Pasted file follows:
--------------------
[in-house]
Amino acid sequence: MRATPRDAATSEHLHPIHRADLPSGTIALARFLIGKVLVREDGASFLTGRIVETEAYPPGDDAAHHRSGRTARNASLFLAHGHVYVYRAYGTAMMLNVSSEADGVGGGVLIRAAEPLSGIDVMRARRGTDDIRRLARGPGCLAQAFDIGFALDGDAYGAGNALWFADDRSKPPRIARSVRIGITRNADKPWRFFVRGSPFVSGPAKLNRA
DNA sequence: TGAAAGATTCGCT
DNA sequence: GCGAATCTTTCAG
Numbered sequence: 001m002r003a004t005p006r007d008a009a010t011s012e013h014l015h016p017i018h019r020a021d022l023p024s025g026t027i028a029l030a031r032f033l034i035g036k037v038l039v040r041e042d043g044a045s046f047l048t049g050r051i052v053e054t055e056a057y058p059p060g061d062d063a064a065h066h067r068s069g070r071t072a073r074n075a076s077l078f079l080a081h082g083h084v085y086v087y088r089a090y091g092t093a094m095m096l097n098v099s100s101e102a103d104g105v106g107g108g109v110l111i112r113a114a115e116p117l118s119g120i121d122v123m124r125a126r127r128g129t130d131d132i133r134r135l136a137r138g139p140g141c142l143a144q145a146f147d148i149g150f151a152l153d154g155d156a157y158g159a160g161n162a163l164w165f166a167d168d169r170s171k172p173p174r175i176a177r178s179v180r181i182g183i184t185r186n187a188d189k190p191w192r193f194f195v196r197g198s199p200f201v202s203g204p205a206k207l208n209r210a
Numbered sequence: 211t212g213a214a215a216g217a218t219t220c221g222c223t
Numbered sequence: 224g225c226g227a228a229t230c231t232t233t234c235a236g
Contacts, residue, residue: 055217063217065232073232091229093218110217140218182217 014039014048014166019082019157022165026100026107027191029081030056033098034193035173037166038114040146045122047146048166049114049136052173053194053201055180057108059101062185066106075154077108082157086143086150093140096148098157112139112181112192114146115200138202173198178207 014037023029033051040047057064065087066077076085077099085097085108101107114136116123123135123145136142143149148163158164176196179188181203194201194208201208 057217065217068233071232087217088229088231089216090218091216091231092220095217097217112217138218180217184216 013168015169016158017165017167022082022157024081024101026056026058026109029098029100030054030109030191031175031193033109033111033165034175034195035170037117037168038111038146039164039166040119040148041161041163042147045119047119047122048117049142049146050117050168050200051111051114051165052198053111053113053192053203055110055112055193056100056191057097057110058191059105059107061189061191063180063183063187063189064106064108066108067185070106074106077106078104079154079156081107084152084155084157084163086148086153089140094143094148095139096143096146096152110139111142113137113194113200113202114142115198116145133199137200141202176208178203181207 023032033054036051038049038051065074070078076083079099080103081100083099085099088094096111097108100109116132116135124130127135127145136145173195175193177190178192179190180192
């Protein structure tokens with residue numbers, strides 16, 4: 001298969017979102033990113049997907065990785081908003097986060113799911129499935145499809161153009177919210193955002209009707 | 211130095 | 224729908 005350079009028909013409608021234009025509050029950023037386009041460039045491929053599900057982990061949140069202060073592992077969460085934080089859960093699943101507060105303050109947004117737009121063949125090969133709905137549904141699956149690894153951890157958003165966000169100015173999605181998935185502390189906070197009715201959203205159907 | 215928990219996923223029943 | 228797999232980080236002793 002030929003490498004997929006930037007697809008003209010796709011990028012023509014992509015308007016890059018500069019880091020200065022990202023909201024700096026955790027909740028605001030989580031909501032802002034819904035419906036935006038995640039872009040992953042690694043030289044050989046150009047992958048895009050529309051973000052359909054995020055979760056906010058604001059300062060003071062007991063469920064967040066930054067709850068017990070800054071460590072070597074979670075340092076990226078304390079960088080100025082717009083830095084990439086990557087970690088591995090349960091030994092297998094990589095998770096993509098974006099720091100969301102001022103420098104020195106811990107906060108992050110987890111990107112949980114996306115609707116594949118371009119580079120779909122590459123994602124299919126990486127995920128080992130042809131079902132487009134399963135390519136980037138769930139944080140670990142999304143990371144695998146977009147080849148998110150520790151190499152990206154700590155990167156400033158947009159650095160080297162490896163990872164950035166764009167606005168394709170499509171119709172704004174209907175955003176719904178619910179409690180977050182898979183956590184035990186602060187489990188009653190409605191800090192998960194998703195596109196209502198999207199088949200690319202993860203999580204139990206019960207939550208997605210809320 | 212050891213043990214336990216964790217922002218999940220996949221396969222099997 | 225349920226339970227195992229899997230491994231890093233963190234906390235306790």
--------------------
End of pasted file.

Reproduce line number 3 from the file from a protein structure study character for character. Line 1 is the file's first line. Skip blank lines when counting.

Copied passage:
DNA sequence: TGAAAGATTCGCT